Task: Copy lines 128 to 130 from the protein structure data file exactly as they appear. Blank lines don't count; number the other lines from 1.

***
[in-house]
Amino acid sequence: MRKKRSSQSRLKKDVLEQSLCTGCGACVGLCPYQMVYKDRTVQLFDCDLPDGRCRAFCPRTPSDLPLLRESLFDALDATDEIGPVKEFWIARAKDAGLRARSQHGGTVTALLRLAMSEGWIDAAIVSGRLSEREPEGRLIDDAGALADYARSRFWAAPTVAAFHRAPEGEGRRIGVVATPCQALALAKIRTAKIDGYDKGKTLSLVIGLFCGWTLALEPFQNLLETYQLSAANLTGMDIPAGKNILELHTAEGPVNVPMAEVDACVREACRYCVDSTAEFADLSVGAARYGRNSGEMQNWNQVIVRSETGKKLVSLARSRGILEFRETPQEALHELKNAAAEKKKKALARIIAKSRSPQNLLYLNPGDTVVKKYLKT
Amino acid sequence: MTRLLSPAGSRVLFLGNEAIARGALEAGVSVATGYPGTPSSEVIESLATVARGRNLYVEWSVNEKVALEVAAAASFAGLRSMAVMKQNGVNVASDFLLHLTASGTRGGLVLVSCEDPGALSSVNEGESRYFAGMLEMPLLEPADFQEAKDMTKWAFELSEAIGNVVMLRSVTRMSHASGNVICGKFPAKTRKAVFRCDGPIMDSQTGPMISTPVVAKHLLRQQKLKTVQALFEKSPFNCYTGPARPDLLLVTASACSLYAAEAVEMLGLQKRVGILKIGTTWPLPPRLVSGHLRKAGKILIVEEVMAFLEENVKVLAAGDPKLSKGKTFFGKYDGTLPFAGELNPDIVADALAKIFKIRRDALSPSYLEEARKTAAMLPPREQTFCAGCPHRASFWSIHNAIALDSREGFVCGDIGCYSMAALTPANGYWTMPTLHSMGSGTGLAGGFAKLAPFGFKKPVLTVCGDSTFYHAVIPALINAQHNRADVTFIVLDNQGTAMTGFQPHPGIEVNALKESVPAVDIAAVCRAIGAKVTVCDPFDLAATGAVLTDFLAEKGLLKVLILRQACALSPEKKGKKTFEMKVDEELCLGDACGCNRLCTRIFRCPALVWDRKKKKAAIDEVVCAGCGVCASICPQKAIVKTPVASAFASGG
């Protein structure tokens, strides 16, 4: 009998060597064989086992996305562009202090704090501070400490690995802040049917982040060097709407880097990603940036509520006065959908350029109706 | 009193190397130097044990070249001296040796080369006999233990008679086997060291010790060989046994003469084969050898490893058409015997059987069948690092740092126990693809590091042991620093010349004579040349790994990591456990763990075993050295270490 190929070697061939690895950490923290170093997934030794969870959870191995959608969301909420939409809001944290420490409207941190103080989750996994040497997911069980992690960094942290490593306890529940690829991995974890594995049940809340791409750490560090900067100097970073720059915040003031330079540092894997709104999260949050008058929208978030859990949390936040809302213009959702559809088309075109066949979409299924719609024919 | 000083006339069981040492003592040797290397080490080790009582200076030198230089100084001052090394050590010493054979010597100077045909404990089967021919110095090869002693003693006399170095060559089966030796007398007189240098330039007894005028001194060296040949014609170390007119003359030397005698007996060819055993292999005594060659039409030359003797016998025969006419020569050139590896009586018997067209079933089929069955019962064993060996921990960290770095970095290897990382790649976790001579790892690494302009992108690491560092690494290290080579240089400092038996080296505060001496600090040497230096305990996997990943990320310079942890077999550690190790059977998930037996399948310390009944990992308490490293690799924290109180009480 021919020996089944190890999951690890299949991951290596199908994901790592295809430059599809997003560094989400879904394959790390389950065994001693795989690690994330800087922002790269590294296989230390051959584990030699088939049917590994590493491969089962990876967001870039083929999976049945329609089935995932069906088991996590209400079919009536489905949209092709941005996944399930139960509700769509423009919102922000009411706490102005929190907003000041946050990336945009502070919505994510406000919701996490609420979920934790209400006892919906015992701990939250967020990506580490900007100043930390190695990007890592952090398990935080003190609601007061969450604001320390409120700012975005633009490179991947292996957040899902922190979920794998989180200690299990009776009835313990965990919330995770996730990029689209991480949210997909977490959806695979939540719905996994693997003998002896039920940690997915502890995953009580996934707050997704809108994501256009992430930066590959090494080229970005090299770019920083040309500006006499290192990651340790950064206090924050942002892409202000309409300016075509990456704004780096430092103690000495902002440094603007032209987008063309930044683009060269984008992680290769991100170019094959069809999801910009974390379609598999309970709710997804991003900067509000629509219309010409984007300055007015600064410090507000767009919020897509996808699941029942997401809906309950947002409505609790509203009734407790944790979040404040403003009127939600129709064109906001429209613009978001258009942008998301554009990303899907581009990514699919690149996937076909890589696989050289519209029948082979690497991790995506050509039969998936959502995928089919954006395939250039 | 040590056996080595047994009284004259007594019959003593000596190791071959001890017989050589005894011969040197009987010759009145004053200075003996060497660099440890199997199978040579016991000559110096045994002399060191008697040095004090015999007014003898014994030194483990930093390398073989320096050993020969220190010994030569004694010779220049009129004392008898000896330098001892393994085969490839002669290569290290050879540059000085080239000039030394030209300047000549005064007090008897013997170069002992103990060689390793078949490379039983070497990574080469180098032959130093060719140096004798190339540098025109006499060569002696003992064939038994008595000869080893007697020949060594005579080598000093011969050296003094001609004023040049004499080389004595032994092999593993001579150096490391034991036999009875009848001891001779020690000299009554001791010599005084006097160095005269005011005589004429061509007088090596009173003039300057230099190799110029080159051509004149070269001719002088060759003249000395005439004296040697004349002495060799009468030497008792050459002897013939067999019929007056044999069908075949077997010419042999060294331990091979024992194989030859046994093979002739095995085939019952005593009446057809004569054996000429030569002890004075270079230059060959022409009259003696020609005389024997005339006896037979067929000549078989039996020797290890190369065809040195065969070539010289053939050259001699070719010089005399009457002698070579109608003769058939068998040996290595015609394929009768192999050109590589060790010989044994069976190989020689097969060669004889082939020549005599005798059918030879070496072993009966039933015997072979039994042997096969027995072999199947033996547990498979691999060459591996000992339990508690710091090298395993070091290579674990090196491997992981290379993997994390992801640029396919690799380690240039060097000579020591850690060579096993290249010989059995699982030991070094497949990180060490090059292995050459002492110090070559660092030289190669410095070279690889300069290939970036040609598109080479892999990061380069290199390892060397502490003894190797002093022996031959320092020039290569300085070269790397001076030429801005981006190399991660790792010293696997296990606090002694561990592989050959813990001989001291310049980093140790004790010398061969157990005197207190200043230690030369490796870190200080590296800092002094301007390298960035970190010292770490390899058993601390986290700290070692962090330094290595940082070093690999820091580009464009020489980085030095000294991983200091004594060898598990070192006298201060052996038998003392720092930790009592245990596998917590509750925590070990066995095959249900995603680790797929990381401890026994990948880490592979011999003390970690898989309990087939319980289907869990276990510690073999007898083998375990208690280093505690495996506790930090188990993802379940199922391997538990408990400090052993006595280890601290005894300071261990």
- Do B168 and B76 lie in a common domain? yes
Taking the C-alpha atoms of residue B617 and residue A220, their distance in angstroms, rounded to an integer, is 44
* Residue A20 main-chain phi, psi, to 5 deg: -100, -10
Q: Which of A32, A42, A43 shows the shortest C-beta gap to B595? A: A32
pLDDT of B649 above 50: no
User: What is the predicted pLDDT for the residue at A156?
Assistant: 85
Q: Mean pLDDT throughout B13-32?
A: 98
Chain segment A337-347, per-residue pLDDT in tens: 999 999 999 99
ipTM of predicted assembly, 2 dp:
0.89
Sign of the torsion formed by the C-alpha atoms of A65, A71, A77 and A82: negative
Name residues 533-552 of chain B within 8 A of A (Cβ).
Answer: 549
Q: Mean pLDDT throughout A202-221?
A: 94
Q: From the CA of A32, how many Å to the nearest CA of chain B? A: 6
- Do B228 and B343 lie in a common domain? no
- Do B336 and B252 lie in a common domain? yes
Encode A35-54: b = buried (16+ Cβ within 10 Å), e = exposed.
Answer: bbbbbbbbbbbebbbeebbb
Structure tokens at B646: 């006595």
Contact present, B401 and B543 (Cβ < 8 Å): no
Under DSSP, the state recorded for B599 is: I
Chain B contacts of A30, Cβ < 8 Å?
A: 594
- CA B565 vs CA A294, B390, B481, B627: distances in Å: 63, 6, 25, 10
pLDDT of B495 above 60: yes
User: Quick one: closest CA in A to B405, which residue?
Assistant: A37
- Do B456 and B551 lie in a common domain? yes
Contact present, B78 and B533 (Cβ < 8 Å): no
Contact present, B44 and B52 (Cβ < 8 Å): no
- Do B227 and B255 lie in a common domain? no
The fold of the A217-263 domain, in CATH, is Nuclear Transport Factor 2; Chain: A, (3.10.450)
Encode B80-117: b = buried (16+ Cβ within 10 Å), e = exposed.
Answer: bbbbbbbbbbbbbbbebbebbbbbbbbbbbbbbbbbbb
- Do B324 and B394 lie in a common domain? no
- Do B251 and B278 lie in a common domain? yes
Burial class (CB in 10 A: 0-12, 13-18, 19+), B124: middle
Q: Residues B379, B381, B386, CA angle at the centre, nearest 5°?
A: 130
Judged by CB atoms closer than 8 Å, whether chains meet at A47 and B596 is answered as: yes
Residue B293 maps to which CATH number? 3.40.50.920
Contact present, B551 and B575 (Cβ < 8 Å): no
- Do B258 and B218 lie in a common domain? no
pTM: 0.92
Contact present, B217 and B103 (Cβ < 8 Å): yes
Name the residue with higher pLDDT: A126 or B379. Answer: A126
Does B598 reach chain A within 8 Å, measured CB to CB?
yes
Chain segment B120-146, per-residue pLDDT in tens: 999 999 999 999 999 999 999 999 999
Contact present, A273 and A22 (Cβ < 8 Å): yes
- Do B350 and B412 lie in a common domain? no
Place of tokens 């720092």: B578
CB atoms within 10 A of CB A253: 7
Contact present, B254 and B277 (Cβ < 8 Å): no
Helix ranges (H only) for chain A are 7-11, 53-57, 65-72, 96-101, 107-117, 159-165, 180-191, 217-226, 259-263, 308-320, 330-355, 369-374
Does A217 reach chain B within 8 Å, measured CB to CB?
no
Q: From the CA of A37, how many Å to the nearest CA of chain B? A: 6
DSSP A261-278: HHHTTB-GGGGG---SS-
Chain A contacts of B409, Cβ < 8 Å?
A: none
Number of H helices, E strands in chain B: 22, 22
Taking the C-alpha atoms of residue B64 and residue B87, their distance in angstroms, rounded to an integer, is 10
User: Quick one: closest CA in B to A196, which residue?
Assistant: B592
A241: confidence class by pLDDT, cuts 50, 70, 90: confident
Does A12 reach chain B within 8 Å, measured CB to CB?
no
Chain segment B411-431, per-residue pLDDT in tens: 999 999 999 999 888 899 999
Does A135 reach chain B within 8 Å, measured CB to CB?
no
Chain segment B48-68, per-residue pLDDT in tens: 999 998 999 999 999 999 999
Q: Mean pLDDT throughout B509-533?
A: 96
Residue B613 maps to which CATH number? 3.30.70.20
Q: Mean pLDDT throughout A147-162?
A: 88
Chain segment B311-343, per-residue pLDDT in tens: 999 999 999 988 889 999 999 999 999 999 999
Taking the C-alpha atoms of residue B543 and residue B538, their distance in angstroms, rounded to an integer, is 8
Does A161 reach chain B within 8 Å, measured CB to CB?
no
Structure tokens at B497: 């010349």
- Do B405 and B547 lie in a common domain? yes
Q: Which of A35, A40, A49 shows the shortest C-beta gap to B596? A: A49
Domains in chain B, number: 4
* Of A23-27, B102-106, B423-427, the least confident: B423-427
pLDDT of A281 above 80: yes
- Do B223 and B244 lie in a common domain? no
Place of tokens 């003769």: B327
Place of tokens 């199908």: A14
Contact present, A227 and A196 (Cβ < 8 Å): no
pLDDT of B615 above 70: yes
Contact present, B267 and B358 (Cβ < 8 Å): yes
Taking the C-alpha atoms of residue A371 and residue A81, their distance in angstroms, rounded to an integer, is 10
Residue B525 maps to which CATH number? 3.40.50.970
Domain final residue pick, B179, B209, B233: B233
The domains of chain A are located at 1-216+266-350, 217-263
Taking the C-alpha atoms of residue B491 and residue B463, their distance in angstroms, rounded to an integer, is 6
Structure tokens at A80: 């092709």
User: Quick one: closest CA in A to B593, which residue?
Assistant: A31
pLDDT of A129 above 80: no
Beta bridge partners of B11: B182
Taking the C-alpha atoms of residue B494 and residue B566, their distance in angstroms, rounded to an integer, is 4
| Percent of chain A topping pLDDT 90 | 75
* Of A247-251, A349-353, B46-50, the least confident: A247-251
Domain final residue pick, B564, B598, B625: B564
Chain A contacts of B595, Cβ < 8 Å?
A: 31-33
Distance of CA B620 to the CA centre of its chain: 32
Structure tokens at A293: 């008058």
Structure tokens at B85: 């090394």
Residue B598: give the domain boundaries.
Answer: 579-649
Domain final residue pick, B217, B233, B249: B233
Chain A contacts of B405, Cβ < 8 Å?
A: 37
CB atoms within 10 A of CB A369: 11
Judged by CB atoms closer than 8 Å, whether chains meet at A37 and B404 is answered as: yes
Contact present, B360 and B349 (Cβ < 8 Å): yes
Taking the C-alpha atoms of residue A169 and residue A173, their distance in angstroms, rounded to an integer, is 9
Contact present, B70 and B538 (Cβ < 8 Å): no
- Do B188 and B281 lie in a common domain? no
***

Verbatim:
Contact present, B360 and B349 (Cβ < 8 Å): yes
Taking the C-alpha atoms of residue A169 and residue A173, their distance in angstroms, rounded to an integer, is 9
Contact present, B70 and B538 (Cβ < 8 Å): no